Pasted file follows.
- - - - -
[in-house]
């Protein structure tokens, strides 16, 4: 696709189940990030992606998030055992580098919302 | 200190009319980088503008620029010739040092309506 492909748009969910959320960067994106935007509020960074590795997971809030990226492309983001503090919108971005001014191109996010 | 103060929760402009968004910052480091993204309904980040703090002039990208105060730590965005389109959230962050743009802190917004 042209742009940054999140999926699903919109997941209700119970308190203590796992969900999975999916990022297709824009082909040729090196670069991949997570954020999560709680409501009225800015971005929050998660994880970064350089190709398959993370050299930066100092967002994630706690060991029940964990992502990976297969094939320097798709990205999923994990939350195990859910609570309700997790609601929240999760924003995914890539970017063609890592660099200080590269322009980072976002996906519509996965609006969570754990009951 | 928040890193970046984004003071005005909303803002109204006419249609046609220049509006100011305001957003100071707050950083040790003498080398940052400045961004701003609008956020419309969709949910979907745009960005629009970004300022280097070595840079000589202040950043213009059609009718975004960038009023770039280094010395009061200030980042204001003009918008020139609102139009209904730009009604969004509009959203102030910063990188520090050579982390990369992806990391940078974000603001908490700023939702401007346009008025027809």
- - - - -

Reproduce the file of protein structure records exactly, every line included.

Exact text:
[in-house]
């Protein structure tokens, strides 16, 4: 696709189940990030992606998030055992580098919302 | 200190009319980088503008620029010739040092309506 492909748009969910959320960067994106935007509020960074590795997971809030990226492309983001503090919108971005001014191109996010 | 103060929760402009968004910052480091993204309904980040703090002039990208105060730590965005389109959230962050743009802190917004 042209742009940054999140999926699903919109997941209700119970308190203590796992969900999975999916990022297709824009082909040729090196670069991949997570954020999560709680409501009225800015971005929050998660994880970064350089190709398959993370050299930066100092967002994630706690060991029940964990992502990976297969094939320097798709990205999923994990939350195990859910609570309700997790609601929240999760924003995914890539970017063609890592660099200080590269322009980072976002996906519509996965609006969570754990009951 | 928040890193970046984004003071005005909303803002109204006419249609046609220049509006100011305001957003100071707050950083040790003498080398940052400045961004701003609008956020419309969709949910979907745009960005629009970004300022280097070595840079000589202040950043213009059609009718975004960038009023770039280094010395009061200030980042204001003009918008020139609102139009209904730009009604969004509009959203102030910063990188520090050579982390990369992806990391940078974000603001908490700023939702401007346009008025027809």